Sometimes, taking stock of your mental health and initiating self-care activities can alleviate negative feelings and turn those thoughts and feelings around. Some self-care activities you can implement to help boost your mood include:

  • exercising (e.g., aerobics, yoga or tai chi)
  • engaging in social contact (whether virtually or in-person)
  • enjoy a favorite hobby, sport or activity
  • getting adequate sleep on a regular schedule
  • eating healthy
  • talking about your feelings to a trusted friend or loved one
  • practicing meditation, relaxation, and mindfulness

The attached infographic from the National Institute of Mental Health(NIMH) offers further guidance to determine if you would benefit discussing your personal mental health with your practitioner. If your symptoms don’t improve or seem to be worsening despite your best self-care efforts, prioritize talking with your health care provider today.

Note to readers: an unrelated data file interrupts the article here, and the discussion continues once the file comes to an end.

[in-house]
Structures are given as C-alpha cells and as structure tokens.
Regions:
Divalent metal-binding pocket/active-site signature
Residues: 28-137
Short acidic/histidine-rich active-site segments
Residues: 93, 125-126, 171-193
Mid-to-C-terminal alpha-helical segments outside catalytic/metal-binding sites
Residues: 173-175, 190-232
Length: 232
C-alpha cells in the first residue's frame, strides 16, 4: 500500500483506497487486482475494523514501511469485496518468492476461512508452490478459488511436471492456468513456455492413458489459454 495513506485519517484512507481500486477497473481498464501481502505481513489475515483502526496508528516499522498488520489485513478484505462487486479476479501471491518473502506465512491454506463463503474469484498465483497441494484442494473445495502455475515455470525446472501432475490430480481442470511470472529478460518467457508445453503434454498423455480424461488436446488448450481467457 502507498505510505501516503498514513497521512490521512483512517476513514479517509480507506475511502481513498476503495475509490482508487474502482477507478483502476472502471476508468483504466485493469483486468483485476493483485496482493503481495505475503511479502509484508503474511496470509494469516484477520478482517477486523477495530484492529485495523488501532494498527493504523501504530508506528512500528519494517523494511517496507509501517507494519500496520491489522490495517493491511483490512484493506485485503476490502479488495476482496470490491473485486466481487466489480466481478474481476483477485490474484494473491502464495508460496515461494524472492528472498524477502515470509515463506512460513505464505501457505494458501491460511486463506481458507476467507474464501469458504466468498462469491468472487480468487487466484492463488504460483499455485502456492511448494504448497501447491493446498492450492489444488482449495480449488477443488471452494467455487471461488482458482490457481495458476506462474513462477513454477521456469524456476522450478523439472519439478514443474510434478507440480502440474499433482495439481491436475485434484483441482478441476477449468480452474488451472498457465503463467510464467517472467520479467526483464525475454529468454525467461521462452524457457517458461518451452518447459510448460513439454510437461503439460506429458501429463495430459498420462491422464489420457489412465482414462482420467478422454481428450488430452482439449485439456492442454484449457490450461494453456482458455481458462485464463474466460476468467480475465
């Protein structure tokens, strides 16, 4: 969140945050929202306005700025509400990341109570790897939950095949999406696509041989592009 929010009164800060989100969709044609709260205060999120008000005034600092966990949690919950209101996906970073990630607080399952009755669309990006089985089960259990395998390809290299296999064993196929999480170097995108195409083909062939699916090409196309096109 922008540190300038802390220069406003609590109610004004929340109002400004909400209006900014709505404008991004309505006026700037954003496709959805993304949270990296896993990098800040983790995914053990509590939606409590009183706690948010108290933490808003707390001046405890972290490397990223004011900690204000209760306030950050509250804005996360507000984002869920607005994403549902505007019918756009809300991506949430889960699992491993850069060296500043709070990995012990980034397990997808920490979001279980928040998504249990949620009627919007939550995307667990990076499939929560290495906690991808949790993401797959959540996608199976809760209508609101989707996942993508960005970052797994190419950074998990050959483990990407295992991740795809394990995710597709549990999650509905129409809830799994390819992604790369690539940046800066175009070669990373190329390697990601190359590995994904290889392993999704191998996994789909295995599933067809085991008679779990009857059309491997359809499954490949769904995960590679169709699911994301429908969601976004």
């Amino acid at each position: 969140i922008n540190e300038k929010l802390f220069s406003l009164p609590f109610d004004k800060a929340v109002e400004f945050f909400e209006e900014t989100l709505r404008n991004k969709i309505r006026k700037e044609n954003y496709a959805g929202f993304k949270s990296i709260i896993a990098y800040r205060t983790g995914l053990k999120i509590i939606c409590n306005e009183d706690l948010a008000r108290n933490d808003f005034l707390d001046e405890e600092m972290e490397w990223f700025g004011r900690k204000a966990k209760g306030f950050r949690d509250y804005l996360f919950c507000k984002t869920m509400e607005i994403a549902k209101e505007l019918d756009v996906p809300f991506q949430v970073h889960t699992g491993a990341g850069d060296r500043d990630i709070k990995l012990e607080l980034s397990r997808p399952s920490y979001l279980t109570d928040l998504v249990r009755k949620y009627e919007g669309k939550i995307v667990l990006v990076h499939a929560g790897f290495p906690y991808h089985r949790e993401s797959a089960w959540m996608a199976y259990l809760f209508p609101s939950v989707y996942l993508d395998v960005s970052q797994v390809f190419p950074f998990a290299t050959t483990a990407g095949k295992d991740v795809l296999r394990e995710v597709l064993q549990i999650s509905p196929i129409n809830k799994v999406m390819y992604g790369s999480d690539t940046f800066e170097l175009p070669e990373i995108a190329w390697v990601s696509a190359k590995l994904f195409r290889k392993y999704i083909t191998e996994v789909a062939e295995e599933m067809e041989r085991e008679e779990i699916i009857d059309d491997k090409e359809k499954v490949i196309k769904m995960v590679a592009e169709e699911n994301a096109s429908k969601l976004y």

When to Seek Help

Seek professional help if you experience these severe or distressing symptoms lasting 2 or more weeks:

  • difficulty sleeping
  • appetite changes resulting in unwanted weight changes
  • struggling to get out of bed in the morning due to mood
  • difficulty concentrating
  • loss of interest in things usually enjoyed
  • inability to perform daily functions and responsibilities
  • thoughts of death or self-harm

It’s important to reach out to your practitioner before symptoms become overwhelming. Talk about your concerns with your primary care provider, who can refer you to a mental health specialist if necessary. If you need guidance on talking with your practitioner, the National Institute of Mental Health (NIMH) Tips for Talking With Your Health Care Provider fact sheet can help you prepare for your visit.

If you are in crisis, call the National Suicide Prevention Lifeline at 1-800-273-TALK (8255), or text the Crisis Text Line (text HELLO to 741741).

Mental Health Treatments

Your practitioner may recommend any or a combination of treatment:

10 Mental Health Tips

It’s important to take care of yourself. Here are some practical tips you can use to look after your mental health:

  • Talk about your feelings helps you stay in good mental health and deal with times when you feel troubled.